Mozart's Attic

Thursdays from 10pm-12am

Mozart's Attic is a classical music program featuring music from the Middle Ages to the 21st century. Some of it is not frequently heard on air; other pieces are concert favorites from the symphonic repertoire, sometimes in rare or historic performances. There's plenty of vinyl, and sometimes even a bit of shellac.

You never know what you might come across in the attic. 

Tune in for Mozart's Attic Thursday nights from 10 pm until midnight.

Jacques Offenbach
BBC

Although we'll be running a few decades ahead of Charles Dickens, we have A Tale of Two Cities of our own this week as we look at musical entertainment in Paris and London in the mid- to late-19th century with a program featuring music of Gilbert & Sullivan and Jacques Offenbach. The best of times? The worst of times? You decide as we check out the light opera scene in the French and English music halls.

Founded in 1964, Nonesuch Records was a budget label specializing in a then-unusual repertoire of chamber music, particularly that of the Baroque period. This turned  out to be excellent positioning for the Baroque and Renaissance Music Revival of a half century ago. Nonesuch released albums by the score, introducing the record-buying public to sounds -- and composers -- that many had never heard, or heard of, before. This week, we'll listen to tracks from a dozen or so of these old Nonesuch albums.

Different chamber organs, different acoustic conditions, modern instruments, period instruments, and plain-old different points of view among performers all combine to produce considerable variety in five different readings of five concerti by G.F. Handel. All five performances are correct, but that doesn't mean you can't pick the one you like best. Se what you think this Thursday night.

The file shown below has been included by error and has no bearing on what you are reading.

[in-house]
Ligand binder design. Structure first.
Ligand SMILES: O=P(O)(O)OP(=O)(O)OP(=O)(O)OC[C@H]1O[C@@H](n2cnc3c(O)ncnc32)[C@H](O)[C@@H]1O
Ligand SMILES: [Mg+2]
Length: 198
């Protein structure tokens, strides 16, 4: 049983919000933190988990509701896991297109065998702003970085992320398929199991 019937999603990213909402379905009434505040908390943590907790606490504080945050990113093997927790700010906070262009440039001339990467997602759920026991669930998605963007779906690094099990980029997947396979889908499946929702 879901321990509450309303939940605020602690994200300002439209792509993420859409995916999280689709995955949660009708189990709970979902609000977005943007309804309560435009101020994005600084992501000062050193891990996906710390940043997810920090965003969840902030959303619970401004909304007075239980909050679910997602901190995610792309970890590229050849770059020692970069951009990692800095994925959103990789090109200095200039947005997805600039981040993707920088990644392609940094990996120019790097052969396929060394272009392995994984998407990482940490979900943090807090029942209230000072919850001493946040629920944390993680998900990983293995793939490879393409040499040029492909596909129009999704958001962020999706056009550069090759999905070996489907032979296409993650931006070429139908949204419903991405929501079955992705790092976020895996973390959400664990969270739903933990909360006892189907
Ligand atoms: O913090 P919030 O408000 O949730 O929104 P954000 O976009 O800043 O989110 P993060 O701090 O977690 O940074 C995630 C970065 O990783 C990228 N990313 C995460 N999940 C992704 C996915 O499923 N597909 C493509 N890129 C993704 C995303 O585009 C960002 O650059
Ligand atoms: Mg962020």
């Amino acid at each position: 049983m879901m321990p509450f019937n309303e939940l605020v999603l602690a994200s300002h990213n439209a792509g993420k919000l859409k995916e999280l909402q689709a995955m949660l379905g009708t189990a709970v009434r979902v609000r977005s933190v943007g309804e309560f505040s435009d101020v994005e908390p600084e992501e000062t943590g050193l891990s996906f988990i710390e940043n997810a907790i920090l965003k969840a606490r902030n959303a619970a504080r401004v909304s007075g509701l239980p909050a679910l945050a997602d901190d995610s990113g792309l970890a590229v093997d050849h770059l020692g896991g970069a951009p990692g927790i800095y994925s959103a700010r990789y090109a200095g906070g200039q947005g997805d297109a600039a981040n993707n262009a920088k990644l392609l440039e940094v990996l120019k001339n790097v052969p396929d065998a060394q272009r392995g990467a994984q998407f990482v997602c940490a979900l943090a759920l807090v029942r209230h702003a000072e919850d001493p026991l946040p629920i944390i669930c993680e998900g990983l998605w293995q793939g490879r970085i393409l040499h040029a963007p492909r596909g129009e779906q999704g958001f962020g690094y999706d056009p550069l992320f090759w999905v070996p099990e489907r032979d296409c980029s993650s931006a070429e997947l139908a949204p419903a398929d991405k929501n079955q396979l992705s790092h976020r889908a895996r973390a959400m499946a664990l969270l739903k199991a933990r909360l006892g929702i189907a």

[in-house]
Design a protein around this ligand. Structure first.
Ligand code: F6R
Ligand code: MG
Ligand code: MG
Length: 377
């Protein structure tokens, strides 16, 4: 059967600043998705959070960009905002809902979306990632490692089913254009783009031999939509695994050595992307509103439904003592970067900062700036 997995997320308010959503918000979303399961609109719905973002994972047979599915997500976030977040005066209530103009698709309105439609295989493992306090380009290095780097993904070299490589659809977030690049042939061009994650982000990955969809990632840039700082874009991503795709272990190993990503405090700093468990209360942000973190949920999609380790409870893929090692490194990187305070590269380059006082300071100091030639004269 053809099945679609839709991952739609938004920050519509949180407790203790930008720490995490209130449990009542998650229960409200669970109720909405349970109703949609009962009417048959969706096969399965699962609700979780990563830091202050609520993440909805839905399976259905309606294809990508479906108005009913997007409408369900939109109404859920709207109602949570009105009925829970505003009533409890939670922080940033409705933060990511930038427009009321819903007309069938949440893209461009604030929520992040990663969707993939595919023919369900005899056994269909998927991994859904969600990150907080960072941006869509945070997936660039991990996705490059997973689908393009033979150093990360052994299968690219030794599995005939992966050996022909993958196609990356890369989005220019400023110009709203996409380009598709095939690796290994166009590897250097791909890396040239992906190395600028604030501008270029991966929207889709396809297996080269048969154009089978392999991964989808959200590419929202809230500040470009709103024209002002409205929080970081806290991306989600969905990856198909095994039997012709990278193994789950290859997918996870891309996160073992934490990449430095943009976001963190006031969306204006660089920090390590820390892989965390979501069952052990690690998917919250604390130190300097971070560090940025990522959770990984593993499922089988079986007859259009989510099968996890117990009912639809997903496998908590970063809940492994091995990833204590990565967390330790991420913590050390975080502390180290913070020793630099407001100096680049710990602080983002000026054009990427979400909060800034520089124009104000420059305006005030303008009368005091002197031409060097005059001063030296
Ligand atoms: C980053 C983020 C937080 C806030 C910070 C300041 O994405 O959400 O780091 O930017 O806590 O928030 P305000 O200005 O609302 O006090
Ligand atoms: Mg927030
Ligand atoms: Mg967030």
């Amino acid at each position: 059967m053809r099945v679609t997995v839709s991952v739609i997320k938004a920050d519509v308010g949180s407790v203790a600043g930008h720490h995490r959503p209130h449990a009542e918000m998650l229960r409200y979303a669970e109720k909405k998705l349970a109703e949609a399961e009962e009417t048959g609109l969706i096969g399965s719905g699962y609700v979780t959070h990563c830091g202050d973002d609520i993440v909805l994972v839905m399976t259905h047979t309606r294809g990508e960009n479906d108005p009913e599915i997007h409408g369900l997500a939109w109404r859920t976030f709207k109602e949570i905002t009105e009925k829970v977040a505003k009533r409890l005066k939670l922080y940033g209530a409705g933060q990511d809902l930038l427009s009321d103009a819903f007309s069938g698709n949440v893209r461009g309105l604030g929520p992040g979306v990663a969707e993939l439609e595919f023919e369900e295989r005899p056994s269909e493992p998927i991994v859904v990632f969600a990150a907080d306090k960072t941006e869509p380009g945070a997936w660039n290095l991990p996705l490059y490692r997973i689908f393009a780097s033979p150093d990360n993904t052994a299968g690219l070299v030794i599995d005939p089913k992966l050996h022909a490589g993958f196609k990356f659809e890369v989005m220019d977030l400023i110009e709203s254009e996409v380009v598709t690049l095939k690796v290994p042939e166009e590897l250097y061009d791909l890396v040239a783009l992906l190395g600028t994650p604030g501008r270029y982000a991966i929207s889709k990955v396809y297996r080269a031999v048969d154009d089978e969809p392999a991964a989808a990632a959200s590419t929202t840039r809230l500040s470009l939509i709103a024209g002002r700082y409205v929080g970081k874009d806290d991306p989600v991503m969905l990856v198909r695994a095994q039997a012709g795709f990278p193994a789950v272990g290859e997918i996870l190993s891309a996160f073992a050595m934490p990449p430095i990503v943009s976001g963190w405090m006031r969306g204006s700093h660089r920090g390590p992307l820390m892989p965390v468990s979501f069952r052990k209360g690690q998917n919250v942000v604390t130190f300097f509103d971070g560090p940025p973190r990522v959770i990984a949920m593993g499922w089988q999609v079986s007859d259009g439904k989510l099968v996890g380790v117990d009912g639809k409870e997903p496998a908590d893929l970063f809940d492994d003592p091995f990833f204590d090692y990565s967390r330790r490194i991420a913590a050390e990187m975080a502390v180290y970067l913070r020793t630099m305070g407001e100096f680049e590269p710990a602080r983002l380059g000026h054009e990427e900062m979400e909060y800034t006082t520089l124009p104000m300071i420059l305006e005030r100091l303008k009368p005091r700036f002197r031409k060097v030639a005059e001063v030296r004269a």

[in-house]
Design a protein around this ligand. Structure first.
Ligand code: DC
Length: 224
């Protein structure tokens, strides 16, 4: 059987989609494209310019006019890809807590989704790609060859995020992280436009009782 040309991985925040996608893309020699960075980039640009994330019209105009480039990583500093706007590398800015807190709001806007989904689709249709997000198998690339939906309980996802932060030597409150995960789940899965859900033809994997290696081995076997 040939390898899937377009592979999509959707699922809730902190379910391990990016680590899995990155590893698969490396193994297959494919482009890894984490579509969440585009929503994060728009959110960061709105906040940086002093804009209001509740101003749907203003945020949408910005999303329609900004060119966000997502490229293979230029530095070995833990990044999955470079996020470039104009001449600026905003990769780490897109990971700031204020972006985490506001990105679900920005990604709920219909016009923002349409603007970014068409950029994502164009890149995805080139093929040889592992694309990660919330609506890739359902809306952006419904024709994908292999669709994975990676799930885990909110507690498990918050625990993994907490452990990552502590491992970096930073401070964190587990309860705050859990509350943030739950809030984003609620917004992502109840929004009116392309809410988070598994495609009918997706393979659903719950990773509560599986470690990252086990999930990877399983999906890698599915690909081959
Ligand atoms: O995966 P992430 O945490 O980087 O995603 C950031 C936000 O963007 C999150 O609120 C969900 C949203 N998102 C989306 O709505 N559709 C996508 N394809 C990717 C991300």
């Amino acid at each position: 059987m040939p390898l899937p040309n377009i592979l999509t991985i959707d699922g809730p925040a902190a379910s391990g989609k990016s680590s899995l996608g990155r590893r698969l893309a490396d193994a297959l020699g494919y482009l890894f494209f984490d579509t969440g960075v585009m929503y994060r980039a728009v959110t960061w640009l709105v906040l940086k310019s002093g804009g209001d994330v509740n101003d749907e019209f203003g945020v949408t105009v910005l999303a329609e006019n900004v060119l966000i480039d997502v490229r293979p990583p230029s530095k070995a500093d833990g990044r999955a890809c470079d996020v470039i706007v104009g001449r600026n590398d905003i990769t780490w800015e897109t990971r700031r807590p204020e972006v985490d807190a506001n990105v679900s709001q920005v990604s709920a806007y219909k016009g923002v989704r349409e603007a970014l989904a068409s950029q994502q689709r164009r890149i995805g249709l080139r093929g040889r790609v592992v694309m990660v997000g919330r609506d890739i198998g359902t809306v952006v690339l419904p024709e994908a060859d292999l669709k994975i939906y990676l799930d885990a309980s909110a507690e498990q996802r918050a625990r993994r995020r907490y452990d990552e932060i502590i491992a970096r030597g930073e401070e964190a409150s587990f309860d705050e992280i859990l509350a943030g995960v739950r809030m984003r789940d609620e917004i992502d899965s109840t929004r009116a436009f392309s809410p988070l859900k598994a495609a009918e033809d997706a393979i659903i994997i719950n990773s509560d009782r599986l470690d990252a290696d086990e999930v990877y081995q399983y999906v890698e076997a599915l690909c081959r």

NPR

Thomas Tallis saw the reigns of all the monarchs of England's House of Tudor -- Henrys VII and VIII, Edward VI, "Bloody" Mary I, and Elizabeth the First. Talk about living in interesting times!

As a composer, he was so highly regarded that he was able to avoid being caught up in the religious strife of his times, and our featured work this week will be one of his distinctly Catholic masses, the Missa Salve Intemerata, a work rich in Medieval antiphon and plainsong.

It wasn't that long ago -- 1911 -- that the race to be first to the South Pole was underway by expedition parties under Raold Amundsen for Norway and Robert Falcon Scott for Great Britain. They both succeeded in reaching the pole, but Scott's party never made it back, dying of exposure en route. Ralph Vaughan Williams was commissioned to write some incidental music for a movie on the subject in 1948. He was taken by the story, and expanded his project into his Symphony No. 7, his Sinfonia Antartica, to depict the majesty of the seventh continent and the tragedy of the doomed expedition.

Pages